Research has also shown that very little sun exposure is needed in children for them to get the right levels of Vitamin D. So, even on cloudy days, they are capable of absorbing all the vitamins they need in a short period of time – therefore, they should be protected at all other times.


How do I dress my child for Summer?


So, now we understand the impact of sunlight on our children’s bodies, it’s time to look at how best to dress them during Summer. The following recommendations are tried and tested to give parents peace of mind when picking out outfits.




It is important to take specific precautions when dressing a newborn or small baby for the sun. Newborns are unable to regulate their body heat until around 2-3 months old. It is also important to remember that a baby’s body won’t be able to fully regulate their temperature naturally until 18 months – 2 years old and that, during this period, they are significantly more sensitive to temperature changes than an adult. Overheating can be very dangerous for small babies. It can cause heat rash or, in worst case scenarios, is one of the main causes of cot death. Therefore, it is vital you understand how to keep your baby cool and safe during Summer.


If you are concerned about overheating in your baby, check for the following signs:


  • Sweating
  • Flushed Face
  • Red Cheeks
  • Fast Breathing
  • Tummy temperature (this should be warm, but not hot).


If you spot any of these symptoms, take your baby into a cool and shaded area. Consider removing items of clothing, if safe to do so, and find ventilation to help cool them down.


Here are some of our main tips:


  • Cover your baby’s head with a lightweight hat. This will reduce sun exposure to their heads. Keep an eye on them at all times to spot signs of overheating
  • Be conscious of layers. In certain temperatures, such as those over 25•, a single layer should be suitable.
  • Opt for 100% cotton, breathable vests, lightweight dresses and rompers
  • When outdoors, choose long trousers and long sleeved tops to cover them but in lightweight cotton so they can breath
  • If using a baby carrier, choose one made from nylon rather than heavier fabric. If your baby looks hot or flushed, remove them straight away and find ventilation.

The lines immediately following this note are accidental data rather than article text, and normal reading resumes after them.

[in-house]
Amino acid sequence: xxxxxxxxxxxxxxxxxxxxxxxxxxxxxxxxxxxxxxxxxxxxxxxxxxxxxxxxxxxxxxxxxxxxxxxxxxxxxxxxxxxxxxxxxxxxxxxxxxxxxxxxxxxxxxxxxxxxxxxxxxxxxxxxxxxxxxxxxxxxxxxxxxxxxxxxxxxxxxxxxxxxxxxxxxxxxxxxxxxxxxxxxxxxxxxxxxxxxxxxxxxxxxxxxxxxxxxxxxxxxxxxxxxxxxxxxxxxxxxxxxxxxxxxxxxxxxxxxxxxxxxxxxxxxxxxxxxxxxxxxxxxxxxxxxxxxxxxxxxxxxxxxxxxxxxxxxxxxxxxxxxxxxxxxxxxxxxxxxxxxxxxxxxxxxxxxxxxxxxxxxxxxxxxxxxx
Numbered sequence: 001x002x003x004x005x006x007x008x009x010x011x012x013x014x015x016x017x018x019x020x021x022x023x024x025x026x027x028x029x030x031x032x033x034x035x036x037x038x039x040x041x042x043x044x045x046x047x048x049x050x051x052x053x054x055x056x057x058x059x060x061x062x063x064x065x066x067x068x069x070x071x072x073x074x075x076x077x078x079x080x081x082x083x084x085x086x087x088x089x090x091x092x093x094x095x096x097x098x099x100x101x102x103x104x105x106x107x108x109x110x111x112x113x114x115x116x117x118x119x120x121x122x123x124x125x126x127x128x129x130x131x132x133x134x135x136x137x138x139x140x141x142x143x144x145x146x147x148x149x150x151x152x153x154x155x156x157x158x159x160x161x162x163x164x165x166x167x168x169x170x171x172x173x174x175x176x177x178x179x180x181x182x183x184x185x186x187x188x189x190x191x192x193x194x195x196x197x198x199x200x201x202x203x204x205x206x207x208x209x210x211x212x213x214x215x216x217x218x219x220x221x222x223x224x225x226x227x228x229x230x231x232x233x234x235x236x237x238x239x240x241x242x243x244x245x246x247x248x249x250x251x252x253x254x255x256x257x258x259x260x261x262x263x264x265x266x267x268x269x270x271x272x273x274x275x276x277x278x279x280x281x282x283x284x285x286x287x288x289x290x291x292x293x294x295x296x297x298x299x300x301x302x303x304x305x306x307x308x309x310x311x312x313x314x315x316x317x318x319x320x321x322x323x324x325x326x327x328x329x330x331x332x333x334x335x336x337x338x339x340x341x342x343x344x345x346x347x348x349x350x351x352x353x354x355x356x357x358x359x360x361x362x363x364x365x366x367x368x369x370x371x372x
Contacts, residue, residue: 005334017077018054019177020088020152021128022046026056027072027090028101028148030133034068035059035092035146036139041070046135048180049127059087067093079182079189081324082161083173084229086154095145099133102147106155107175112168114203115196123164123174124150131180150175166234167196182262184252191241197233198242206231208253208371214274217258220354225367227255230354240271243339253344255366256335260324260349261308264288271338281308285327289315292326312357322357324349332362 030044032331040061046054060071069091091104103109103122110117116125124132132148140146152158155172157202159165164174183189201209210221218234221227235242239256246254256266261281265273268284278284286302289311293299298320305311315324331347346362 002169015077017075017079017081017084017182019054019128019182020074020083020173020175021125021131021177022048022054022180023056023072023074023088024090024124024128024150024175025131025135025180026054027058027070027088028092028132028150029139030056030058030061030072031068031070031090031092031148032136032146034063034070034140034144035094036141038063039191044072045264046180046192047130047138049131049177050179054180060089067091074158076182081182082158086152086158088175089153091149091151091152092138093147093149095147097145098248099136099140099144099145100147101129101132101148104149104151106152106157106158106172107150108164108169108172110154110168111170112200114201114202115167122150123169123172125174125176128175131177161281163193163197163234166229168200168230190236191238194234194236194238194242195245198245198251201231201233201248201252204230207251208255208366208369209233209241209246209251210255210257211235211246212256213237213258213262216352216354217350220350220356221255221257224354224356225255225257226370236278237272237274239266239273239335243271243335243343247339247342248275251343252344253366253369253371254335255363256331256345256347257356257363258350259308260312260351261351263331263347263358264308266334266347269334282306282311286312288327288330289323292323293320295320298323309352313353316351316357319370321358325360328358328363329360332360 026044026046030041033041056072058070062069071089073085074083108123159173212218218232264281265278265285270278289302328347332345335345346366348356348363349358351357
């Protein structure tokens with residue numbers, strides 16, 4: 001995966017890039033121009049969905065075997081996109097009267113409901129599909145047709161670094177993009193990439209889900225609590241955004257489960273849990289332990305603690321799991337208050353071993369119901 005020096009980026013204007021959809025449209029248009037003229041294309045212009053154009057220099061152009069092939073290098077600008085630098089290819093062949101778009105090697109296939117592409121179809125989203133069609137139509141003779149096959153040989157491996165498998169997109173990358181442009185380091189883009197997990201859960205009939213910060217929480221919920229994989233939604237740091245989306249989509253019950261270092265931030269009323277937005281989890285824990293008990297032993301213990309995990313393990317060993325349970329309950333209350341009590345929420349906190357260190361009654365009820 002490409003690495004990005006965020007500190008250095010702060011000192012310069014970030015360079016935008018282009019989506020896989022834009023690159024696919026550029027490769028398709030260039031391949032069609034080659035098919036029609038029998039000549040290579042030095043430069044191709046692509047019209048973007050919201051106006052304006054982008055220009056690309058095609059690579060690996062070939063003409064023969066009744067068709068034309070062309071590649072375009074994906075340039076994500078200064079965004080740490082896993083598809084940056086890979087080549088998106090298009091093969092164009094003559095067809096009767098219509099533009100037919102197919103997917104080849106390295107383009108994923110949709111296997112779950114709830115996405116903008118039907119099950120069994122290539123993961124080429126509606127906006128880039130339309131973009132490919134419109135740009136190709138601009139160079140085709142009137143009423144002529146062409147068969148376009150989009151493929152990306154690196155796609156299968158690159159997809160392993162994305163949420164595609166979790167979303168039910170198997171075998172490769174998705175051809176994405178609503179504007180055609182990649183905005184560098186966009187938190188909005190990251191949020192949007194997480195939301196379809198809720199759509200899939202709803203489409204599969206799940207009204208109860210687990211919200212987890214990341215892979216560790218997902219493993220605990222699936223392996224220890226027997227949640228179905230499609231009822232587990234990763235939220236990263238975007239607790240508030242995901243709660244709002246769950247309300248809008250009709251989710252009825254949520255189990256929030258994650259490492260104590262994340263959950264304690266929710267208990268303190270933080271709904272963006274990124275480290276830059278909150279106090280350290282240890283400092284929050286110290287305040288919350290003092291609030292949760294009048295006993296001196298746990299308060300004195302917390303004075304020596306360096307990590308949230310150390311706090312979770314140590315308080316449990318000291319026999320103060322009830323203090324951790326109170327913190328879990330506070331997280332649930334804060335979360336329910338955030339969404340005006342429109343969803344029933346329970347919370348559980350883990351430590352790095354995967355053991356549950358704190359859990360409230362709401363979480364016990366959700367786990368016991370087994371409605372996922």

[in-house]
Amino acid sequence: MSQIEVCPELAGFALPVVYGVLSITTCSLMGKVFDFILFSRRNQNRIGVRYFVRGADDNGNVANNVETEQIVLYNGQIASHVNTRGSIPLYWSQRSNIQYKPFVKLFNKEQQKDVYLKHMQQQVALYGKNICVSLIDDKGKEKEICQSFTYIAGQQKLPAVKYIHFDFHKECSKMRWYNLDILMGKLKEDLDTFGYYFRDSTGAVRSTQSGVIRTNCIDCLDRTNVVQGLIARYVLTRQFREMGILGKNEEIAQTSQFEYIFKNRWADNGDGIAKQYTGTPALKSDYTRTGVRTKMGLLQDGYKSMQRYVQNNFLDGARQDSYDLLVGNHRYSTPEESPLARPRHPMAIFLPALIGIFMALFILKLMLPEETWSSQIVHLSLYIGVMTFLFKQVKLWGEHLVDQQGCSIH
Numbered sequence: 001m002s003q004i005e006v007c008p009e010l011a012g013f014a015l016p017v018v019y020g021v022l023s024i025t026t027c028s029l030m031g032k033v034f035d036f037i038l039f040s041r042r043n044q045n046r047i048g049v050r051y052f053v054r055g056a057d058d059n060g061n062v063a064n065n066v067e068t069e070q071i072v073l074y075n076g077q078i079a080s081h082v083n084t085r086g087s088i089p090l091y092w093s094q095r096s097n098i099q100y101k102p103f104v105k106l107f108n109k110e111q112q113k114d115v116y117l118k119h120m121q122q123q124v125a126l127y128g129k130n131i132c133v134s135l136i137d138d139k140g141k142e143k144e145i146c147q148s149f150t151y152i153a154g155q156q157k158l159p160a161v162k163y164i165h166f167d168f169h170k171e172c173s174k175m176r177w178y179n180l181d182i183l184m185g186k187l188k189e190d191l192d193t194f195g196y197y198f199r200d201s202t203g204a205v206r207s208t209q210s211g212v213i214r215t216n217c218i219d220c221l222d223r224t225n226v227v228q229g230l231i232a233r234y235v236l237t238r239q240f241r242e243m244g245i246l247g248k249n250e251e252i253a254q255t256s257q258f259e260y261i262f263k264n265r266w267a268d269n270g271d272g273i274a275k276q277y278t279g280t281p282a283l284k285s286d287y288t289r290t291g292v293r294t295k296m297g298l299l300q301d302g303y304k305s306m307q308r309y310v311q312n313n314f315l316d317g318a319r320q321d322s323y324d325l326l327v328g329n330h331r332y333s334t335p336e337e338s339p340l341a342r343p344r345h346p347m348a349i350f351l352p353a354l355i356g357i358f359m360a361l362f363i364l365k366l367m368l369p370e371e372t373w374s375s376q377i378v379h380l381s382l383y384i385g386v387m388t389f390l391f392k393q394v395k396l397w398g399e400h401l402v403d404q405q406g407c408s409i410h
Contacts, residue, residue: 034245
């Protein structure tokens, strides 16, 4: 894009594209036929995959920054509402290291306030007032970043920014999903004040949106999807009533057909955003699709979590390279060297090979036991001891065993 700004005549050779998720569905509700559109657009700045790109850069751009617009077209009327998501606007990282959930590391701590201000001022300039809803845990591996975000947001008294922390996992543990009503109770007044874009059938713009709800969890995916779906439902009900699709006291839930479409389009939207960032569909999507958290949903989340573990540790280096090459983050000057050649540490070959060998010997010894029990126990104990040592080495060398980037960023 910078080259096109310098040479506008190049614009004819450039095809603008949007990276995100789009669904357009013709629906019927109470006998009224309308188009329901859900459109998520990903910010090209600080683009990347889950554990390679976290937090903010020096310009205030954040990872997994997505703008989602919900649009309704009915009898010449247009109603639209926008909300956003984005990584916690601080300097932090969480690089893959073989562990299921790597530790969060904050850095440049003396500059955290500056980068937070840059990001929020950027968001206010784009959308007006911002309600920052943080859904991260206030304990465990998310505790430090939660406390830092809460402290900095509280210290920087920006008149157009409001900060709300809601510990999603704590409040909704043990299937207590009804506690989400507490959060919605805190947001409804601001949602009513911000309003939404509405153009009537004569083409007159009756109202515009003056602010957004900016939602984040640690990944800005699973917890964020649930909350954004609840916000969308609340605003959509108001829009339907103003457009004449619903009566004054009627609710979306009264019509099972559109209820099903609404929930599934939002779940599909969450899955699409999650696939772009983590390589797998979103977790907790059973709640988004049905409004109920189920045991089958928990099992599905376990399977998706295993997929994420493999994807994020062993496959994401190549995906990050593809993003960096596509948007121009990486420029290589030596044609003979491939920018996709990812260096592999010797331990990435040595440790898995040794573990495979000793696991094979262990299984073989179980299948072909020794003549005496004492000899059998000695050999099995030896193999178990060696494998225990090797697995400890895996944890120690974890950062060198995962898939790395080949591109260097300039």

• Choose light coloured clothes where possible
  • Provide as much shade as possible. Parasols, umbrellas, and canopies are the best way to do this, no matter where you are.
  • Try to avoid being outside when the sun is at its highest – normally between 12pm and 2pm.
  • Keep newborns out of direct sunlight as much as possible.
  • If your baby is under 6 months old, they shouldn’t be using sunscreen. Instead, follow the tips above for safety in the sun.


Toddlers & Small Children


Once children get past 2 years old, their bodies are better able to regulate body temperature. However, they should still be kept out of direct sunlight as much as possible to minimize exposure and its potential damage. Below are our top tips for young children.


  • Continue to choose 100% cotton fabrics where possible. These allow their bodies to breath and helps to absorb perspiration.
  • Use a sun hat at all times. This will shade their head and face.
  • Use a high SPF sunscreen that is water resistant and broad spectrum. In general, we recommend either an SPF 50 or SPF 30 depending on the temperature.
  • Avoid being outside directly in the sun between 11am and 3pm.
  • Consider the number of layers you choose. The rule of thumb is to dress them as you would.
  • Choose UV protected clothing. This is generally rated by UPF. A UPF of 15 will only allow 1/15th of the sun’s rays to pass through it. The higher the UPF, the greater the protection from the sun.
  • When it comes to footwear, opt for something that lets their feet breath to reduce the risk of sun rash.
  • Try sunglasses. Some children will love the novelty of wearing these protective glasses and it’s a great way of encouraging them to look after their eyes.
  • If you’re going swimming, consider a long sleeve suit with long sleeves and long legs. These will keep them dry, reduce UV exposure and still allow them to play freely.
  • Consider nighttime clothing too. Overnight, small children will sweat as their body re-regulates itself and repairs muscles. So you need to make sure they are at a lower risk of overheating while still warm enough to prevent premature wakings. Consider whether they need a vest or whether a long sleeve all-in-one sleepsuit is suitable.


Where can I find Summer appropriate clothing?


Here at STC Stores, we have a wide range of baby and children’s clothing – a lot of which will help them get through the warmer months. If you need any advice on the right, breathable item for your little one, get in touch with the helpful team here today who will be happy to offer information and tips.


Leave a Comment